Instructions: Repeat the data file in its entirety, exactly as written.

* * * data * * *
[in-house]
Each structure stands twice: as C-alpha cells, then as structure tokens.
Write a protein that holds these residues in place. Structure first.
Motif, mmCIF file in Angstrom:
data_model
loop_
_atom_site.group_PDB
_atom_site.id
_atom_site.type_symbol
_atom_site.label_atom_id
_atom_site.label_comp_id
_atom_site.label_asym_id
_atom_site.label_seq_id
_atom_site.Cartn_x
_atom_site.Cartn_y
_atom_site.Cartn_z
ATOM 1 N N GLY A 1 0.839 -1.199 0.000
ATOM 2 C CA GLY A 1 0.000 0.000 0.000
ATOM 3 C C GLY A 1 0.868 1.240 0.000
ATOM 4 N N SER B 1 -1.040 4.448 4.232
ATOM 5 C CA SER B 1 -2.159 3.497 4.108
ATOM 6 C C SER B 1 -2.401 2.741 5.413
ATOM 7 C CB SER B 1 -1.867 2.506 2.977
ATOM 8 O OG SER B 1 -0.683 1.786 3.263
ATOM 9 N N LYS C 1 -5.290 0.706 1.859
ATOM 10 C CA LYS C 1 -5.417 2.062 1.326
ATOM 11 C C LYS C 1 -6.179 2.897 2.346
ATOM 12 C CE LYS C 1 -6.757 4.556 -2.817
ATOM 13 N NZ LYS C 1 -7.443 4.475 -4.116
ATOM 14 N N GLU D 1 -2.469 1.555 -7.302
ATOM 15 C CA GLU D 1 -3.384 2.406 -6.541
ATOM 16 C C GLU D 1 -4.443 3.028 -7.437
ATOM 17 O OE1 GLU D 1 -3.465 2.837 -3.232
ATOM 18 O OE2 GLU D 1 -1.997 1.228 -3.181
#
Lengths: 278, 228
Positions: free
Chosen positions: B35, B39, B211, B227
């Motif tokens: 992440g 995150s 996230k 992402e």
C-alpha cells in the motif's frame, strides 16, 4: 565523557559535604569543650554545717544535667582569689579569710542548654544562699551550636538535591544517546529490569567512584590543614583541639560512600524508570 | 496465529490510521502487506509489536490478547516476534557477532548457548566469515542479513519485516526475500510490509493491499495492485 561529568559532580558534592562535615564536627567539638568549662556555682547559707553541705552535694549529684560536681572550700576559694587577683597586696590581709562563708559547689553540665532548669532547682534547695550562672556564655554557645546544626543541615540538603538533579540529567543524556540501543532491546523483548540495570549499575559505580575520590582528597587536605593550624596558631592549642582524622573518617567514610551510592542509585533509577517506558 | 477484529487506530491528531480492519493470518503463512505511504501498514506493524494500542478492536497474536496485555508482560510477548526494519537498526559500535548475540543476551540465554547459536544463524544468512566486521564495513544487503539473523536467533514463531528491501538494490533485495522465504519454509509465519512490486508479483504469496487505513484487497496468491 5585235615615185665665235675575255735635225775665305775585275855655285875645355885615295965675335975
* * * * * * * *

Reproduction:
[in-house]
Each structure stands twice: as C-alpha cells, then as structure tokens.
Write a protein that holds these residues in place. Structure first.
Motif, mmCIF file in Angstrom:
data_model
loop_
_atom_site.group_PDB
_atom_site.id
_atom_site.type_symbol
_atom_site.label_atom_id
_atom_site.label_comp_id
_atom_site.label_asym_id
_atom_site.label_seq_id
_atom_site.Cartn_x
_atom_site.Cartn_y
_atom_site.Cartn_z
ATOM 1 N N GLY A 1 0.839 -1.199 0.000
ATOM 2 C CA GLY A 1 0.000 0.000 0.000
ATOM 3 C C GLY A 1 0.868 1.240 0.000
ATOM 4 N N SER B 1 -1.040 4.448 4.232
ATOM 5 C CA SER B 1 -2.159 3.497 4.108
ATOM 6 C C SER B 1 -2.401 2.741 5.413
ATOM 7 C CB SER B 1 -1.867 2.506 2.977
ATOM 8 O OG SER B 1 -0.683 1.786 3.263
ATOM 9 N N LYS C 1 -5.290 0.706 1.859
ATOM 10 C CA LYS C 1 -5.417 2.062 1.326
ATOM 11 C C LYS C 1 -6.179 2.897 2.346
ATOM 12 C CE LYS C 1 -6.757 4.556 -2.817
ATOM 13 N NZ LYS C 1 -7.443 4.475 -4.116
ATOM 14 N N GLU D 1 -2.469 1.555 -7.302
ATOM 15 C CA GLU D 1 -3.384 2.406 -6.541
ATOM 16 C C GLU D 1 -4.443 3.028 -7.437
ATOM 17 O OE1 GLU D 1 -3.465 2.837 -3.232
ATOM 18 O OE2 GLU D 1 -1.997 1.228 -3.181
#
Lengths: 278, 228
Positions: free
Chosen positions: B35, B39, B211, B227
């Motif tokens: 992440g 995150s 996230k 992402e």
C-alpha cells in the motif's frame, strides 16, 4: 565523557559535604569543650554545717544535667582569689579569710542548654544562699551550636538535591544517546529490569567512584590543614583541639560512600524508570 | 496465529490510521502487506509489536490478547516476534557477532548457548566469515542479513519485516526475500510490509493491499495492485 561529568559532580558534592562535615564536627567539638568549662556555682547559707553541705552535694549529684560536681572550700576559694587577683597586696590581709562563708559547689553540665532548669532547682534547695550562672556564655554557645546544626543541615540538603538533579540529567543524556540501543532491546523483548540495570549499575559505580575520590582528597587536605593550624596558631592549642582524622573518617567514610551510592542509585533509577517506558 | 477484529487506530491528531480492519493470518503463512505511504501498514506493524494500542478492536497474536496485555508482560510477548526494519537498526559500535548475540543476551540465554547459536544463524544468512566486521564495513544487503539473523536467533514463531528491501538494490533485495522465504519454509509465519512490486508479483504469496487505513484487497496468491 5585235615615185665665235675575255735635225775665305775585275855655285875645355885615295965675335975